Go Back   Home > Forums > >
Home Forums Rules Articles diyAudio Store Blogs Gallery Wiki Register Donations FAQ Calendar Search Today's Posts Mark Forums Read

Digital Line Level DACs, Digital Crossovers, Equalizers, etc.

Weird reflections when playing 48Khz tone (@192kHz sample rate)
Weird reflections when playing 48Khz tone (@192kHz sample rate)
Please consider donating to help us continue to serve you.

Ads on/off / Custom Title / More PMs / More album space / Advanced printing & mass image saving
Reply
 
Thread Tools Search this Thread
Old 22nd October 2018, 02:53 PM   #1
smiba is offline smiba  Netherlands
diyAudio Member
 
Join Date: Nov 2016
Location: Utrecht
Default Weird reflections when playing 48Khz tone (@192kHz sample rate)

Hey everyone,

Sorry if this is the wrong sub-forum for this question, if so please move it.

I've been working on a design for quite a while now and I've created my second prototype of my design, everything is working great (some hotfixes/wires aside) but one issue I've not fully been able to resolve.

At 172 or 192kHz audio with noise at around 45kHz or above will start to really mess with the audio within the audible frequency.

I've created a recording (although, with the microphone input of my computer. The background noise is because of that. With headphones the signal does not have this and neither does the oscilloscope show any noise above -100dB).

You can listen to the recording of the reflections here: https://screenshots.bartstuff.eu/Dac...48Khz_wave.wav

What's noticeable is that the tone changes after a few seconds and at around 12 seconds in the recording makes some kind of a twist. The playback has run over USB with 24-bit/192kHz output and was a sine wave output from audacity at exactly 48000Hz. Running this same file through audacity but at 24-bit/96kHz no reflections could be heard, meaning that the problem is not in the file but in my circuit.

Since a large part of the audio circuit is under NDA or a general "don't share unless needed" kinda rule I can't post my circuit here, but I'd love to know at what area to look and if this phenomenon has a technical name.

Cheers and thanks!
  Reply With Quote
Old 22nd October 2018, 11:07 PM   #2
MarcelvdG is online now MarcelvdG  Netherlands
diyAudio Member
 
Join Date: Mar 2003
Location: Haarlem, the Netherlands
I don't hear anything, but your description makes me think of some weird aliasing issue, or some other mixing effect (in the RF sense of the word: two signals ending up in a nonlinear circuit that generates sum and difference frequencies). Maybe some kind of aliasing product due to Windows decimating the signal to its default sample rate? Or does your circuit have a clock frequency that can mix to something audible with 48 kHz? Does the pitch change when you touch a pin of a quartz crystal?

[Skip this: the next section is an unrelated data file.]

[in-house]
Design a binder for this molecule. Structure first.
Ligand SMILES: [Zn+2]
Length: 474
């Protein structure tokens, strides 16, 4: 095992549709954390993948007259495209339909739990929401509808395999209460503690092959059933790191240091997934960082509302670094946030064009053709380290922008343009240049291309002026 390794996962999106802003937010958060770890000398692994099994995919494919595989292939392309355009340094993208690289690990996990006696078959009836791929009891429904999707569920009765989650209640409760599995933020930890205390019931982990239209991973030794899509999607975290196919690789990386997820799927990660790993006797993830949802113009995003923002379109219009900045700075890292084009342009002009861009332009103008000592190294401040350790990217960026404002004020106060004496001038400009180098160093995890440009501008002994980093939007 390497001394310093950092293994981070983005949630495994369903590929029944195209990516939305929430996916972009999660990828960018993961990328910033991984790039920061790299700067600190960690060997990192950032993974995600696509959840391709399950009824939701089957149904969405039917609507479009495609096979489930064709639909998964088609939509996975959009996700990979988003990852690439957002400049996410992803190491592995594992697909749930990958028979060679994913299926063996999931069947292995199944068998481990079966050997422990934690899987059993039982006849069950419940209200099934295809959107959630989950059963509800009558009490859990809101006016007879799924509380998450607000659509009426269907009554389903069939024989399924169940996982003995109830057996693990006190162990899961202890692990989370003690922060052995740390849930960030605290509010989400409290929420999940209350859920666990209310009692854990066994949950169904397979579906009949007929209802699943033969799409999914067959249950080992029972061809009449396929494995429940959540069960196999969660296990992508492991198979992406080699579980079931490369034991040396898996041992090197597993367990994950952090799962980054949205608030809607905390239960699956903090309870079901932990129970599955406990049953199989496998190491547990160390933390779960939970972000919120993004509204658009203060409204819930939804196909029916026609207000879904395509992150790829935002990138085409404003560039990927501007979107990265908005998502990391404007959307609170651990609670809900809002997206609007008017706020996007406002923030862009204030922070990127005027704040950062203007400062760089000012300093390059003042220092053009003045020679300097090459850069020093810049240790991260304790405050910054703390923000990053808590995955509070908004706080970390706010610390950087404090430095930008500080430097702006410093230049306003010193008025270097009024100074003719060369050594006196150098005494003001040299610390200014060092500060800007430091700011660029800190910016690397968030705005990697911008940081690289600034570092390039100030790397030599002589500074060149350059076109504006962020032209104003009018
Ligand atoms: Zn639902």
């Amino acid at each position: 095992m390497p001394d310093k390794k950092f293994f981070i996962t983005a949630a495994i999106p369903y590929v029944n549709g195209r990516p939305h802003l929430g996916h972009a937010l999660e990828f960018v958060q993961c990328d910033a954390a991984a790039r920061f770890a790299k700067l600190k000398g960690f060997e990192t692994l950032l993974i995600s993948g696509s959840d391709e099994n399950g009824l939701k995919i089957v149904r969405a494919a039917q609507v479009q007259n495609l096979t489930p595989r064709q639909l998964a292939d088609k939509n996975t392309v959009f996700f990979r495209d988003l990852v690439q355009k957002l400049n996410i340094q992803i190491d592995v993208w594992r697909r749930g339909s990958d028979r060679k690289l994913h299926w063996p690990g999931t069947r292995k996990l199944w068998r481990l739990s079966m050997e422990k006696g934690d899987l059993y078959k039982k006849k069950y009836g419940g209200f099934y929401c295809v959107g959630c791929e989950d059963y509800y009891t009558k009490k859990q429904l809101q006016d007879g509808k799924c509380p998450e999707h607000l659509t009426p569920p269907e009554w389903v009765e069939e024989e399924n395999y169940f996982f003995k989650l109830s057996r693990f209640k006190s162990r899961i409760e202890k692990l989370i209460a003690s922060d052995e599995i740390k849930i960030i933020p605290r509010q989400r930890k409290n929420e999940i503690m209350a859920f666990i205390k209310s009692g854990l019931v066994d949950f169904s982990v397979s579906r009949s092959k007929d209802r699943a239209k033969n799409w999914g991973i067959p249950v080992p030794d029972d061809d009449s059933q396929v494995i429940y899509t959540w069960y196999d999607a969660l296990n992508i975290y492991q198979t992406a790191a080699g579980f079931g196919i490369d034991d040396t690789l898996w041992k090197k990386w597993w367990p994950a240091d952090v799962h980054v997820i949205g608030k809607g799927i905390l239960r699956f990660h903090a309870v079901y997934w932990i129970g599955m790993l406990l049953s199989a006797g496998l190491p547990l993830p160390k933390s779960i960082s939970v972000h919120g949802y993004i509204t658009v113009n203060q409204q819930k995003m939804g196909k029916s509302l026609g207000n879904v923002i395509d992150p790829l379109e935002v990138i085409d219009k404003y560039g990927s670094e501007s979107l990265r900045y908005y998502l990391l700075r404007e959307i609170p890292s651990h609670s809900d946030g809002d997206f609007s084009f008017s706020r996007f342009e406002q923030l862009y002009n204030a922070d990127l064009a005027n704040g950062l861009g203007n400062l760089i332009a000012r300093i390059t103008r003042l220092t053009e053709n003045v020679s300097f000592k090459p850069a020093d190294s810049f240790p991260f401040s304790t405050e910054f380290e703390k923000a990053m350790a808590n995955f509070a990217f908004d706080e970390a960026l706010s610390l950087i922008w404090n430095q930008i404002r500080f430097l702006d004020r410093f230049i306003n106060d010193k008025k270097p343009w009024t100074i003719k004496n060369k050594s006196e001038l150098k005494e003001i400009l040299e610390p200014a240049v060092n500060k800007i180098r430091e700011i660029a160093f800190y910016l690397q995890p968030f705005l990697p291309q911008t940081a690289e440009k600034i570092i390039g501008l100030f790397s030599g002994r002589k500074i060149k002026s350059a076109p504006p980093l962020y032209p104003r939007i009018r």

Reply With Quote

Reply


Weird reflections when playing 48Khz tone (@192kHz sample rate)Hide this!Advertise here!
Thread Tools Search this Thread
Search this Thread:

Advanced Search

Posting Rules
You may not post new threads
You may not post replies
You may not post attachments
You may not edit your posts

BB code is On
Smilies are On
[IMG] code is On
HTML code is Off

Forum Jump

Similar Threads
Thread Thread Starter Forum Replies Last Post
High sample rate output and unity gain don't mix because of inter-sample overs 4ad PC Based 18 11th October 2017 06:56 AM
Weird Asynchronous Sample Rate Converter Behavior stokessd Digital Line Level 0 23rd May 2010 01:54 AM
USB sample rate limitations Martin Prothero Digital Line Level 4 25th January 2010 10:45 AM
Sample rate into BB PCM1798? Asgard Digital Source 14 22nd July 2006 01:54 PM
New sample rate converters from TI hifiZen Digital Source 3 16th March 2003 12:42 AM


New To Site? Need Help?

All times are GMT. The time now is 06:57 AM.


Search Engine Optimisation provided by DragonByte SEO (Pro) - vBulletin Mods & Addons Copyright © 2018 DragonByte Technologies Ltd.
Resources saved on this page: MySQL 15.00%
vBulletin Optimisation provided by vB Optimise (Pro) - vBulletin Mods & Addons Copyright © 2018 DragonByte Technologies Ltd.
Copyright ©1999-2018 diyAudio
Wiki